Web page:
People use social media and the digital affordances that it offers not only to form and organize protests but also to create a specific behavioral norm by providing suggestions and instructions to construct “an emotional narration in order to sustain their coming together" in the public space (Gerbaudo, 2012).

Algorithmic activist

A key part of contemporary choreography of assembly is what Maly (2018, 2019) calls ‘algorithmic activism’: “This type of activism contributes to spreading the message of a politician or movement, by interacting with the post in order to trigger the algorithms of the medium, so that it boosts the popularity rankings of this message and its messenger” (Maly, 2019). Activists use their knowledge of the affordances and algorithmic construction of a certain platform to explicitly make their voice more visible and reach a bigger audience (Maly, 2019).

Lyubomir Chakarov is a political activist who has been the main organizer behind protests in Plovdiv, Bulgaria. He began constructing his activism around the slogan “ladybugs out,” 'ladybugs' referring to the government and Municipality of Plovdiv (Figure 9).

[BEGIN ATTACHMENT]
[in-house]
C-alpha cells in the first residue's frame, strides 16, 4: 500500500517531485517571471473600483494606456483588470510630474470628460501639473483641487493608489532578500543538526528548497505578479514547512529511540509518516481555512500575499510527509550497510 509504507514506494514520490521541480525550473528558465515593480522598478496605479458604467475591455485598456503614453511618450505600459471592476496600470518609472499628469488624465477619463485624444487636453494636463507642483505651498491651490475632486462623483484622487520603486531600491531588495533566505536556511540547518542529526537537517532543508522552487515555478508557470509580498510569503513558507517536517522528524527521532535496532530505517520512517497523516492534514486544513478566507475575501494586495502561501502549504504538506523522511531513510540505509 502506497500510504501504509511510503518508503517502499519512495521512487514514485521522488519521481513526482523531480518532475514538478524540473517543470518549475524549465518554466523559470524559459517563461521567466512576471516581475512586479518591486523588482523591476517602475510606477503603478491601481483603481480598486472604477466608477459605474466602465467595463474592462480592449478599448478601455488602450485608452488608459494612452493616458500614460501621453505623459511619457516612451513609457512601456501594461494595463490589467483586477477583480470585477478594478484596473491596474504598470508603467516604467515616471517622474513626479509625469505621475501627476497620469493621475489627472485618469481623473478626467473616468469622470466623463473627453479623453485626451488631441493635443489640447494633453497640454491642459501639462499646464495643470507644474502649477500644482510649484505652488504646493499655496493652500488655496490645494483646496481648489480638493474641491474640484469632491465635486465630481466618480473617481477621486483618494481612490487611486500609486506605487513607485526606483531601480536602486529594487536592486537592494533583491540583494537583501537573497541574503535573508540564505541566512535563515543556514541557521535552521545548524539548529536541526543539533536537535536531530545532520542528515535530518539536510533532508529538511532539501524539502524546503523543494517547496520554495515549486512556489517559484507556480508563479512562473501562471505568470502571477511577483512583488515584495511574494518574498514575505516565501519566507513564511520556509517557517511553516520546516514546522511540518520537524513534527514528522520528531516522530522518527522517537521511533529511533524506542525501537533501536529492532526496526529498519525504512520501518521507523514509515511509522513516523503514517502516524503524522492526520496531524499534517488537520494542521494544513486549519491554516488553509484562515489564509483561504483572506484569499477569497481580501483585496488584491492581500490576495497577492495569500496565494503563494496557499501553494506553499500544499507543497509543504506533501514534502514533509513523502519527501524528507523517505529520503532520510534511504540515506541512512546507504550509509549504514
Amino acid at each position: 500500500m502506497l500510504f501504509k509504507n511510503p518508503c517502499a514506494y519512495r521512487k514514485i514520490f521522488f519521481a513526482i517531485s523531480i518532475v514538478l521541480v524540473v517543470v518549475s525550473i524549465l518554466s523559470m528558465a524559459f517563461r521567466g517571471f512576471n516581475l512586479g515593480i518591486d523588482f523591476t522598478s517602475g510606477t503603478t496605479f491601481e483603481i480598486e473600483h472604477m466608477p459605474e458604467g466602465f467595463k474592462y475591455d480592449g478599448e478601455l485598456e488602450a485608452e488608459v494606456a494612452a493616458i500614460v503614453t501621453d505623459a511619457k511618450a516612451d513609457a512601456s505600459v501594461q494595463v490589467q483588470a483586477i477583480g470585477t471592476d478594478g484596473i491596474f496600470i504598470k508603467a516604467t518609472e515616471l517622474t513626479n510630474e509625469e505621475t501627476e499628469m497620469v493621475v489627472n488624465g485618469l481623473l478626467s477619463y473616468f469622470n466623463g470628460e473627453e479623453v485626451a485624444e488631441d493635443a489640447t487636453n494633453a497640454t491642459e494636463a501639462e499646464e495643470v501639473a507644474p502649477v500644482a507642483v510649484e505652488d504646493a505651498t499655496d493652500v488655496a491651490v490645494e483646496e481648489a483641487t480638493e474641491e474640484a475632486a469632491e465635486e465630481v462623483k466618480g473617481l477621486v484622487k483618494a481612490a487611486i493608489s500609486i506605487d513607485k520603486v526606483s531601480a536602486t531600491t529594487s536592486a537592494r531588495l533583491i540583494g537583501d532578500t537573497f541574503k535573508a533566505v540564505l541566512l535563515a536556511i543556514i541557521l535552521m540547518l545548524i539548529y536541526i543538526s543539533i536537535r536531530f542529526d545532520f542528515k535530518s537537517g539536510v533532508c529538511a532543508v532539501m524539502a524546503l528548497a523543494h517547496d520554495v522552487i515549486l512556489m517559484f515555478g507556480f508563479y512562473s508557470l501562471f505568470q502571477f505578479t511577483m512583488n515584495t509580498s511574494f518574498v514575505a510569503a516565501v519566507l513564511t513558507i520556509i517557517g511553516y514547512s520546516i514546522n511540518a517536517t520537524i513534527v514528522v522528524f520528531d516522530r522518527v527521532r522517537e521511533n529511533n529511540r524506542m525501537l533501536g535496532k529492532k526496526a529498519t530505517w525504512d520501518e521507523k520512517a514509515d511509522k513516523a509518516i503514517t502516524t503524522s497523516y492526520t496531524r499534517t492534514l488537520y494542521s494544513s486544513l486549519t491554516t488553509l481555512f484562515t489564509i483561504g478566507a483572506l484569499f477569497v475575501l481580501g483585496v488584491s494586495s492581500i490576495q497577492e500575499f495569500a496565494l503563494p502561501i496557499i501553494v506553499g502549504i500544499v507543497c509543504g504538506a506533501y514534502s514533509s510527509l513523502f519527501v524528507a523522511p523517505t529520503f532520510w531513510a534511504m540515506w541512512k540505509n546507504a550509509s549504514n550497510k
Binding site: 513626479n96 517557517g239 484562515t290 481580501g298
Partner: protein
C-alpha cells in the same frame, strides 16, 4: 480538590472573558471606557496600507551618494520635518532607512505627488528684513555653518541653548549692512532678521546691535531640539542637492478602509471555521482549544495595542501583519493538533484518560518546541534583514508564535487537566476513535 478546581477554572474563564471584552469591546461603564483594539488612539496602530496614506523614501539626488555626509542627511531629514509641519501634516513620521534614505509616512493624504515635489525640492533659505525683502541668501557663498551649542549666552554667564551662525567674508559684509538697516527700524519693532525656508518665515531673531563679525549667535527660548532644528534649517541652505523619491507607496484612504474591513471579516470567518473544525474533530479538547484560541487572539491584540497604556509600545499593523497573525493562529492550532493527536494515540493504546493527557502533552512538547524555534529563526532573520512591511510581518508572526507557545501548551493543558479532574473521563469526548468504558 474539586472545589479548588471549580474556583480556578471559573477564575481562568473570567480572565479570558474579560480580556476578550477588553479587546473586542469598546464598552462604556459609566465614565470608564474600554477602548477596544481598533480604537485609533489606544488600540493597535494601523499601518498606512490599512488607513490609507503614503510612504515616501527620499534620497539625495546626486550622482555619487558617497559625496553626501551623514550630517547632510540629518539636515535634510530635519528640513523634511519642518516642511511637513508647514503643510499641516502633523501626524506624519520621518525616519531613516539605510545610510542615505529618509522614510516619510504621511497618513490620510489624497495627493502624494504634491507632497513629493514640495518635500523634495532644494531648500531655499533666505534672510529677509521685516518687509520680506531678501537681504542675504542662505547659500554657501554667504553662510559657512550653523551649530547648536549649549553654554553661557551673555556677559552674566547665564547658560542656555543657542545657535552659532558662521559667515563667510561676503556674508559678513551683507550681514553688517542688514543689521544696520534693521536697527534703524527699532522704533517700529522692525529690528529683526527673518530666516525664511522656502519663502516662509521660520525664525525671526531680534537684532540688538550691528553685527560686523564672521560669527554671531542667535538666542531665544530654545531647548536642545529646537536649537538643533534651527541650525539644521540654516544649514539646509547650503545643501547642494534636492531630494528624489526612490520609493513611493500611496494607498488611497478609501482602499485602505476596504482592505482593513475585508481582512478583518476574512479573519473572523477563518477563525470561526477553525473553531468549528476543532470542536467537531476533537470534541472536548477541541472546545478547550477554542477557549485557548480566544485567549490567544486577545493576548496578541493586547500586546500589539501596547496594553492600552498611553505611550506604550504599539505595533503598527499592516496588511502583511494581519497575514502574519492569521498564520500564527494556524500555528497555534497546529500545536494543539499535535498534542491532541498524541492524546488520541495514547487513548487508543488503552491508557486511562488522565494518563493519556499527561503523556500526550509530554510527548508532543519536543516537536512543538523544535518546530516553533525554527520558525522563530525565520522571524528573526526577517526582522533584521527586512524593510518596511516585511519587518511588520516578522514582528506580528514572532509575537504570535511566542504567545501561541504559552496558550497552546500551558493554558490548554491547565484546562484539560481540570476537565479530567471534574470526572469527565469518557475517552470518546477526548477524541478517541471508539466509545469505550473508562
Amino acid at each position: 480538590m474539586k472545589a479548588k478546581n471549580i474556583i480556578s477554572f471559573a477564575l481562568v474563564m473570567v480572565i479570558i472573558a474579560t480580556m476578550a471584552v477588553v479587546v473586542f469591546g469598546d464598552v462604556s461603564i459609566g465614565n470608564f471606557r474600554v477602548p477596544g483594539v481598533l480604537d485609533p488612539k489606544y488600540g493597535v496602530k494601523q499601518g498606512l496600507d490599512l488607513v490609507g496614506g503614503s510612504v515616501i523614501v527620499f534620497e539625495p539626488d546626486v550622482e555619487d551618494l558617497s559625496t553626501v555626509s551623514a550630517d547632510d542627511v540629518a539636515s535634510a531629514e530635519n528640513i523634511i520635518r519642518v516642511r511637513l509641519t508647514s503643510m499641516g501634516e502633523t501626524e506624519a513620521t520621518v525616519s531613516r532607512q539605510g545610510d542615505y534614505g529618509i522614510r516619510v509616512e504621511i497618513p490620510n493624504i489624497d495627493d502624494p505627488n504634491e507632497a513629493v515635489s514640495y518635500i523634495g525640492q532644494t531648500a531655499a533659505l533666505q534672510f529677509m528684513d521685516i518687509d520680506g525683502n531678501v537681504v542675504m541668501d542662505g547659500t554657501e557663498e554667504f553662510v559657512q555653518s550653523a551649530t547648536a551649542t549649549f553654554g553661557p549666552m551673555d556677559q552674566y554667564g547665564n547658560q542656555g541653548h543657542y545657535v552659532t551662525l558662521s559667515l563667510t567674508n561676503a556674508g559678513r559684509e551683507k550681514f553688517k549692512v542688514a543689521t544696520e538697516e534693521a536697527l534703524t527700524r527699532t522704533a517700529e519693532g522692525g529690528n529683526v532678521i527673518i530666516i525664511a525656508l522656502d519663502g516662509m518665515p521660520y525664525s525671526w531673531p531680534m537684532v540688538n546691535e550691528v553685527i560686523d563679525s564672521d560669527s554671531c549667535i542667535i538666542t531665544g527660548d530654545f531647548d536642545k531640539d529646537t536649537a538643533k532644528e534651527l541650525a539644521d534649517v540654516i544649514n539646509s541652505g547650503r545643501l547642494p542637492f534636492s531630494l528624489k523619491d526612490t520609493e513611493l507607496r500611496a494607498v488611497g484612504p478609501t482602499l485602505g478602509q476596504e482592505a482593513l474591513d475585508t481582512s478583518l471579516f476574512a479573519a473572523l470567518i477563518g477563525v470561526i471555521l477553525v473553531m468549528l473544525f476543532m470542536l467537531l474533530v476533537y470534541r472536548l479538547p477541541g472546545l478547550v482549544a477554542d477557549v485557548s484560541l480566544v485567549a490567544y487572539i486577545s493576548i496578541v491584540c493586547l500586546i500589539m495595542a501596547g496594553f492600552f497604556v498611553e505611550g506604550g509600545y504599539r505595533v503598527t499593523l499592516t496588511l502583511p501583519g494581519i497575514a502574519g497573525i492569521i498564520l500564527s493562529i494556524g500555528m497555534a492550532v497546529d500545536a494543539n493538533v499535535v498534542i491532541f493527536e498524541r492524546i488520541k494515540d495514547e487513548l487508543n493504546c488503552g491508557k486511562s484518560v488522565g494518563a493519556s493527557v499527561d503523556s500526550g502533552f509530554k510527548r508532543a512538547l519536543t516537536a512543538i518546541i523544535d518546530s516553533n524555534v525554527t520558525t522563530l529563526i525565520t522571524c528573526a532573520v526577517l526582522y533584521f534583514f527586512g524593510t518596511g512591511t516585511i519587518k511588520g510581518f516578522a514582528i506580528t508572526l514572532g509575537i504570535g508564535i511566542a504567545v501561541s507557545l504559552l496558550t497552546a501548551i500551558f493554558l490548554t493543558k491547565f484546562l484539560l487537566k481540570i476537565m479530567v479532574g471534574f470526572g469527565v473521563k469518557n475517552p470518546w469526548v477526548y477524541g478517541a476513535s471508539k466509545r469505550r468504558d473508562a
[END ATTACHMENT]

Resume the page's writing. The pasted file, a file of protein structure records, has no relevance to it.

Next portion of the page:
Figure 9: A Facebook event from Lyubomir Chakarov about a protest in Plovdiv.

He even created his own logo - a ladybug with the word “вън”, which translates into “out.” One of his first posts in which he uses the term had 53 shares, 16 comments, and 88 reactions, which is double his previous engagement (Figure 10).

Figure 10: One of the first Facebook posts of Chakarov, where he uses the term ladybugs.

After seeing that this slogan boosted his visibility on the platform, he continued using it either as a logo or in text. Therefore, Chakarov used his “intentional” discovery to trigger Facebook's algorithm, popularizing his voice on the platform and helping his “ladybug” activism reach a broader audience.   

Bulgaria as member of the European Union